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habits of these groundlings. At certain times they lie so deep in the earth, that all the lime-water you could apply to them would not make them come forth; and, unless you do that, you do nothing. I believe at this very time, if I were to pour hogsheads of lime-water on my lawn, I should not kill any worms worth notice — S. T. April 20. 1842.

Saul's Potato-Planter, &c.— I think but little further can be added to the account of the potato-planter and its uses given in p.40. The plan has been tried in pianting the winter potatoes in the fields ; and, as an experiment on it, last season, a field was divided into parts; one half was planted by the plough, and the other half by the planter. The manure having been put into the ground, and covered up by the plough, the potatoes were planted by the planter fig. 4. (given in p. 41.), and the ground was then barrowed over. As soon as those potatoes made their appearance above ground, their foliage looked more luxuriant and stronger than those set by the plough, and when taken up had a more abundant produce, and well repaid the owner for the extra labour. As I before stated, it may be done by boys or aged persons, and would prove a benefit to the working classes, as it is highly desirable that every means should be used to prevent persons being sent to the workhouse; and there is no doubt that, if employment could be furnished, it would be to the advantage of the farmer, and a great pleasure to the labourer to work for small wages rather than be forced into the workhouse. As a proof of this, there are here, at the present time, farmer's labourers working for 8d. per day and their victuals, who have wives and three or four children to support out of this small sum; but who are quite satisfied with this rather than go to the workhouse: they have also rent to pay out of this small sum, as well as supporting their families, Bad as this may appear, I am sorry to say that many of the families of the Irish farmer's labourers are in a far worse condition, as may be seen in a work lately published in 2 vols. by Mr. Bins of Lancaster, who travelled through Ireland. It is entitled the Beauties and Miseries of Ireland, a work well worth being read by every thinking man of the present time.

I shall close by giving an account of an extraordinary crop of potatoes grown by Mr. Hodgson of Poulton le Fyld. At first sight it may appear as if not true, but it is a fact. In May last he cut into sets 20 potatoes, and planted them, the produce of which, when got up, was no less than ten bushels and a half, or three windles, as it is called here, which is 720 lb. This produce, I think, is worthy of recording in the Gardener's Magazine. — M. Saul. Gare stang, Dec. 29. 1842.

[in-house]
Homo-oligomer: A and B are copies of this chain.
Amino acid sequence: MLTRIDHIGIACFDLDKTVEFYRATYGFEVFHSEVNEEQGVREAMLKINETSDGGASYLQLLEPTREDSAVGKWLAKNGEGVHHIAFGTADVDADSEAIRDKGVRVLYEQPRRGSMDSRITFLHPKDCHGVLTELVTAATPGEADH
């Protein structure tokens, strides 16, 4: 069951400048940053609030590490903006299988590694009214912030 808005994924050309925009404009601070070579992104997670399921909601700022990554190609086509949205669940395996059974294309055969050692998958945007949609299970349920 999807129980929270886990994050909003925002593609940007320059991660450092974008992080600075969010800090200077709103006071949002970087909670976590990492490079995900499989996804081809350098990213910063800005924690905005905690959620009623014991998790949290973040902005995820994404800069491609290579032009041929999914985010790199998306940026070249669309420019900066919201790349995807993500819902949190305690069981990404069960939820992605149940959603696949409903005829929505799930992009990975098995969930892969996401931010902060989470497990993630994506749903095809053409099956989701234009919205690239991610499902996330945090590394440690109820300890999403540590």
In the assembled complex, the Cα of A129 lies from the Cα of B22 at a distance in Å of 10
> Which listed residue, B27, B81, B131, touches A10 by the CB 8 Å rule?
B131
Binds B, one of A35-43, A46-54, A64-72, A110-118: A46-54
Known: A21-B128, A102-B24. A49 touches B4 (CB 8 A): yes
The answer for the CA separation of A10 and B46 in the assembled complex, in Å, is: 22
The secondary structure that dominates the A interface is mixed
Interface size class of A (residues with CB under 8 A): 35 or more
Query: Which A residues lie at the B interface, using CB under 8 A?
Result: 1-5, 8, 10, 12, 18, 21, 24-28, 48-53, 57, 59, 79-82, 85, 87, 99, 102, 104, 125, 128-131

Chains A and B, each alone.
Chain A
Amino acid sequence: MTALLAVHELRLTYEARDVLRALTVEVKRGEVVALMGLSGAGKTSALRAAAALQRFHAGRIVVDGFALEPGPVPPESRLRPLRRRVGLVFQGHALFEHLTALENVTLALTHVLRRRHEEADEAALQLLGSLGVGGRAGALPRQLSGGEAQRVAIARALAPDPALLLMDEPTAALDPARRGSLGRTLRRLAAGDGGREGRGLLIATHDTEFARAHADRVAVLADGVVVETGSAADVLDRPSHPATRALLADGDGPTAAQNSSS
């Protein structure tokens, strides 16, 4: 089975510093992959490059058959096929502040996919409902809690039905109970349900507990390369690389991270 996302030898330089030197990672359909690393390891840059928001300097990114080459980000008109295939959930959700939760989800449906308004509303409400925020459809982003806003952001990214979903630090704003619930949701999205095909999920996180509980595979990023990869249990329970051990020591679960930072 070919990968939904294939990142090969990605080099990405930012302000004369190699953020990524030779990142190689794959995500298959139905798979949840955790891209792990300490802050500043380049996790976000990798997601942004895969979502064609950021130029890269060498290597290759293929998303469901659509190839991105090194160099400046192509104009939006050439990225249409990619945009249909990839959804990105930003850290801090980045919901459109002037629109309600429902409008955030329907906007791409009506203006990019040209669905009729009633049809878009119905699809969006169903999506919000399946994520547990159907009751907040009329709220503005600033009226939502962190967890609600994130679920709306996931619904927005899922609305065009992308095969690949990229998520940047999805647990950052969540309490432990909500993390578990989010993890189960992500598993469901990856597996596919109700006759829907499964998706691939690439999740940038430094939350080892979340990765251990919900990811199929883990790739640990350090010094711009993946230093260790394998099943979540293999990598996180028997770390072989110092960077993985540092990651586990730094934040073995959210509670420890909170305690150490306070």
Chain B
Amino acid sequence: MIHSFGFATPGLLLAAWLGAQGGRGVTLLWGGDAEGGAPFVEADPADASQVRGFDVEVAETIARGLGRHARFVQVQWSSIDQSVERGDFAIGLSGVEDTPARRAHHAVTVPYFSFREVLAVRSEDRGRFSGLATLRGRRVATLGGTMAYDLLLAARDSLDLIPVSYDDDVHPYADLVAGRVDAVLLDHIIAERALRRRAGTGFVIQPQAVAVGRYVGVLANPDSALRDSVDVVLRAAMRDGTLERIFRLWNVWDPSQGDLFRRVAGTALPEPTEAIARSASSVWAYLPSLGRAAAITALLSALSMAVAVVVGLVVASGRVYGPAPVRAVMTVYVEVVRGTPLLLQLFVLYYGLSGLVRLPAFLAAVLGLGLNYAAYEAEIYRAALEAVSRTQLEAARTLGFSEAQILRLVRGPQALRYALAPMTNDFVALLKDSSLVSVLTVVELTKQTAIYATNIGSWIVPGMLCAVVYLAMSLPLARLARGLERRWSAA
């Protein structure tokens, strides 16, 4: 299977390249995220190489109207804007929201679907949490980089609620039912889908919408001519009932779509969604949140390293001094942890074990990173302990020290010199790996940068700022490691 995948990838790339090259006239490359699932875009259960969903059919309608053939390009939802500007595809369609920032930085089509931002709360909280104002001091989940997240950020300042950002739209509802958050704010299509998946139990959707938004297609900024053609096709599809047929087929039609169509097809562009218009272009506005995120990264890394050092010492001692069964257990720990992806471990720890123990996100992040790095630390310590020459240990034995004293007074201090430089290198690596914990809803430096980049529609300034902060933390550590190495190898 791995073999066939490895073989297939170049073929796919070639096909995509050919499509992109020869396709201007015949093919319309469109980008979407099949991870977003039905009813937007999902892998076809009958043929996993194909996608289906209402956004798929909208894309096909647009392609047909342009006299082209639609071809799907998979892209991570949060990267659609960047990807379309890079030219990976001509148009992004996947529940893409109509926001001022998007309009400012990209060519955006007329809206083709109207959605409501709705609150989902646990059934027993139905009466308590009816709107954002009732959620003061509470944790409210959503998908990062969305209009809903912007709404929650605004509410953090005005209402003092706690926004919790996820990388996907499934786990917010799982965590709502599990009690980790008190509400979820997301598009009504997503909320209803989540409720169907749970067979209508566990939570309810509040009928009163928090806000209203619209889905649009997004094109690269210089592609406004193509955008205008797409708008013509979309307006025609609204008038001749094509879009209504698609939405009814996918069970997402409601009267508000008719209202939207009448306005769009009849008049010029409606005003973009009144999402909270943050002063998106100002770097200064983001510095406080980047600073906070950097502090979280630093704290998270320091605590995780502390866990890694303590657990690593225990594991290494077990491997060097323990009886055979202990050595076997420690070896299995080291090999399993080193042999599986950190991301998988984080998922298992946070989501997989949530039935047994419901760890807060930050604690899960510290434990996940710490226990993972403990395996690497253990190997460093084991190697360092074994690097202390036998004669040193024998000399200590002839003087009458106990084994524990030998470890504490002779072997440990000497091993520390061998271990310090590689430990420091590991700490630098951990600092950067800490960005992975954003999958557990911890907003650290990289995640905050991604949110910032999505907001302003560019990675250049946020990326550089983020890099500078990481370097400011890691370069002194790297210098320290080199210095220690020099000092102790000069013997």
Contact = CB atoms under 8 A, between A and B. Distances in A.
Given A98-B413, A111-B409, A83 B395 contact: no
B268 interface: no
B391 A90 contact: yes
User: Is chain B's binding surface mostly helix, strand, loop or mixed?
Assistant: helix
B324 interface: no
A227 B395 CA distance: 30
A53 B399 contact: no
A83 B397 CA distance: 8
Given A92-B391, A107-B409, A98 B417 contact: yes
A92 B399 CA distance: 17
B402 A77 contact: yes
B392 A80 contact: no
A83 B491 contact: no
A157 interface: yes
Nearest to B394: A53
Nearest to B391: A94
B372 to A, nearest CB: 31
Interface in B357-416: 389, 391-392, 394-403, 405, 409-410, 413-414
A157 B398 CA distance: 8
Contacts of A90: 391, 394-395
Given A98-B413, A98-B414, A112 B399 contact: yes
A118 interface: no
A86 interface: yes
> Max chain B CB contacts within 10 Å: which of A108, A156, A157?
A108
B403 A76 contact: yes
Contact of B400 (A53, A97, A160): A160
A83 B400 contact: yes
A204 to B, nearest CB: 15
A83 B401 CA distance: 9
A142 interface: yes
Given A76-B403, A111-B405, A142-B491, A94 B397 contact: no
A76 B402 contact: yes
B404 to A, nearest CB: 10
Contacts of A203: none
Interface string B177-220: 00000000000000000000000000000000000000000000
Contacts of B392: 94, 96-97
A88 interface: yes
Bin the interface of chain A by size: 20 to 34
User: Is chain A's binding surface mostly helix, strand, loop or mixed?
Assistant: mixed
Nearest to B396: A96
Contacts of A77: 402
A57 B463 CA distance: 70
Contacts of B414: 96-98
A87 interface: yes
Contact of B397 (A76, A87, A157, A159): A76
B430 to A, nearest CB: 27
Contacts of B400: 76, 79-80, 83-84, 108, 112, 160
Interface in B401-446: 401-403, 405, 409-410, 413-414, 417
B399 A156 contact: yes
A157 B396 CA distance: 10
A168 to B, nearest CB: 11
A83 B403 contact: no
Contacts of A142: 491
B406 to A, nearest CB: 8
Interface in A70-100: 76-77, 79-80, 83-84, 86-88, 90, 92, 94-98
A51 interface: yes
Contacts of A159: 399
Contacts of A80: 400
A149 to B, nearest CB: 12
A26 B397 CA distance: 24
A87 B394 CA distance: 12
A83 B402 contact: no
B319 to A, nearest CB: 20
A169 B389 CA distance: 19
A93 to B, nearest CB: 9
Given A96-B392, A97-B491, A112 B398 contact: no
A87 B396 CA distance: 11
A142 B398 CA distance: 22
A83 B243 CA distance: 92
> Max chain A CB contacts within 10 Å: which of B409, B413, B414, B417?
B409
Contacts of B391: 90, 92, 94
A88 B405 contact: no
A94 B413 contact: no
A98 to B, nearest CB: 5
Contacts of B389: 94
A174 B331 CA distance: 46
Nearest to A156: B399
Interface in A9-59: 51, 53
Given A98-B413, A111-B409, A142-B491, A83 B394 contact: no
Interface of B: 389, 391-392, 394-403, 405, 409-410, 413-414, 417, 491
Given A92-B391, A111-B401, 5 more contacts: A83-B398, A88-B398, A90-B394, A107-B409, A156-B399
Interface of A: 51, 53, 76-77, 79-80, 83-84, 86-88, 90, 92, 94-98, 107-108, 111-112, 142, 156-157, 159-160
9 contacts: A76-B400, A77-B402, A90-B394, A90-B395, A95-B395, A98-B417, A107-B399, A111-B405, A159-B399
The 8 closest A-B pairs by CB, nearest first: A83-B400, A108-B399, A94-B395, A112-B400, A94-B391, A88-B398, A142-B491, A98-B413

Art. V. Queries and Answers. KENT, the Landscape-Gardener.- At the end of one of your Magazines, you ask for information respecting (among others) Kent the landscape-gardener. I find this extract in the notes I made when reading Hunter's Deanery of Doncaster, a most learned and valuable local history. I cannot at this distance of time recollect whether 1 extracted the whole or only the most important part of what related to Kent.

" The family of Kent, who have been numerous in the parish of Rotherham, and have produced several clergymen, may seem to have a claim to William Kent, the artist, who did so much to improve the public taste in gardening. Vertue says he was a native of Yorkshire; and the following entry in the Parish Registry of Rotherham agrees well with the time of his birth. ‘ 1684, March 27. bap. William, son of Richard Kent.?.” (Vol. ii. p. 13.)

In looking for this memorandum, I found also the following extracts, which may not be uninteresting to you.

"Repton .... was accustomed to say that the groups of oaks, thorns, yews, and other trees were more picturesquely combined at Langold than at any other spot in the country.” (Vol. i. 299.)

Park says:

Langold is near Rotherham, and is now the property of H. Gally Knight, Esq. N. P., a gentleman who inherits the fine taste of his predecessors.

Aston still exhibits evidence of the favourite employment of Mr. Mason." (Vol. ii. p. 168.) If I remember right he was vicar of Aston. Tankersley Park.—“Before 1654, Lady Fanshawe, speaking of Tankersley

"I found .... the country plentiful and healthy, and very pleasant, but there was no fruit in it till we planted some, and my Lord Strafford says now, that what we planted is the best fruit in the North."" Hunter adds : “ The fact which Lady Fanshawe notices, that before her time there was no fruit in this part of the country, is curious : but perhaps the statement is to be taken with some qualification. I find Dr. Berrie cultivating strawberries at Hodroyd before this time. The Fanshawes were great gardeners. Sir Henry Fanshawe had a curious garden at Ware.” (Vol. ii. p. 303).